Far to reduce its stake to under 25% in Kenya’s block L6

Australian explorer which has a 60 percent equity position and operates block L6 and a 30% equity position in the L9 block in Lamu may be looking into reducing their stake in Block L6 to less than 25 percent.

According to Bloomberg FAR has already started to share its data as the company seeks to complete a deal by October this year.

“There’s a fair bit of interest offshore Kenya at the moment. In Kenya, the prize is oil,” Managing Director Cath Norman is quoted saying.

The sell in its stake is part of the company’s strategy to raise $8 million to fund further exploration in offshore Kenya potentially including accelerating the evaluation of the Miocene reef oil play offshore Kenya

Far says the equity raising will include a placement of a total of 200,000,000 new ordinary shares in the Company to raise the amount.

“FAR is pleased to have raised money to allow the company to move forward our key position in Kenya in the short term. Building our portfolio of opportunities for our shareholders is key to our strategy and we aim to deliver a high impact drilling program in Kenya following on from the current drilling program offshore Senegal,” Ms Norman said this earlier this month.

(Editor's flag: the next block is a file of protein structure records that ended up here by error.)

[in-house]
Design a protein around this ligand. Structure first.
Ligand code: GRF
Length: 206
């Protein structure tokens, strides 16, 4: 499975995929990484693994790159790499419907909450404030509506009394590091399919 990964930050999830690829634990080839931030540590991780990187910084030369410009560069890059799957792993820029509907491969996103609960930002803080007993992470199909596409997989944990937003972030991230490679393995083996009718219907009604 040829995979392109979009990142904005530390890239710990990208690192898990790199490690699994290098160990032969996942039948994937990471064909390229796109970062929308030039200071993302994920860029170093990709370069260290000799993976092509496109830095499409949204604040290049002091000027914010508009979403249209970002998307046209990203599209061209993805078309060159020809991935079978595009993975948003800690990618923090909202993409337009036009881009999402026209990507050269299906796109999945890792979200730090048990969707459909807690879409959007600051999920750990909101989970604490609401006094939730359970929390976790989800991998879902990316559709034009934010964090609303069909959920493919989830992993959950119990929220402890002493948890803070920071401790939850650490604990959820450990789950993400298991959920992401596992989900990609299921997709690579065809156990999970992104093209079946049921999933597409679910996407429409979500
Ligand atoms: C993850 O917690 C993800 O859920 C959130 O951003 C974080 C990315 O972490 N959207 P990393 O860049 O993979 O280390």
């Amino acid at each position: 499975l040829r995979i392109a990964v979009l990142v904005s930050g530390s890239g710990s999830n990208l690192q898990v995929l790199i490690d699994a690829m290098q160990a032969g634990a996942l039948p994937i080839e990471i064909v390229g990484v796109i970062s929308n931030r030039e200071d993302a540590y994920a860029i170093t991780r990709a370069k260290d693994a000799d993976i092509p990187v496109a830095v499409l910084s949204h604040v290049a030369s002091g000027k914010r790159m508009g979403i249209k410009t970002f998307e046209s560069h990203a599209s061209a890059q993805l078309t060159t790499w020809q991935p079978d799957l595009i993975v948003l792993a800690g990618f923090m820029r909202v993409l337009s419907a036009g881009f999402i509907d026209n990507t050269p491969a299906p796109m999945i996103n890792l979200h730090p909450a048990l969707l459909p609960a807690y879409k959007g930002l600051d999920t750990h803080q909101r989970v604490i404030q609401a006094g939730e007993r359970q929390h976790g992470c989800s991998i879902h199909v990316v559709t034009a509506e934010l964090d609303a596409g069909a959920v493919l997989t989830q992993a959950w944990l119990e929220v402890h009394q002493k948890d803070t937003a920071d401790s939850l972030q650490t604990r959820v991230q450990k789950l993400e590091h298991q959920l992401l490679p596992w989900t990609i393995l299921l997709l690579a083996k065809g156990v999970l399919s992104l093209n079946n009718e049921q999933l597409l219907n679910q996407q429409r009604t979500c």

The company’s stake in the clock is expected to receive interest especially following an announcement by BG Group and Pancontinental (its other partner in the block through its wholly owned subsidiary Afrex Limited) operating in Block L10A further south confirmed the presence of oil and gas.

In February this year signed its first farm in agreement for Kenya Block L6 with Milio International Limited

The block is also north of the recent, world scale, natural gas discoveries totaling around 100 trillion cubic feet off the coasts of Mozambique and Tanzania.

In 2012, FAR completed a 778km squared of 3D seismic survey over the L6 permit offshore Kenya a survey conducted by Fugro Geoteam.

Using data from 3D seismic Far limited says it has identified three prospects (Tembo, Kifaru and Kifaru West) which have prospective resources of 327, 178 and 130 million barrels of oil (un-risked best estimate, 100% basis) respectively, or in a gas only success case, 807, 517 and 388 billion cubic feet of gas.

The chances of a discovery of the three prospects have been assessed to be 21%, 19% and 18% respectively.

With a current licence area of 3,134km2, the L6 permit has both onshore and offshore potential with water depths varying from shallow transition zones to approximately 400m.

Author: Samuel Kamau Mbote

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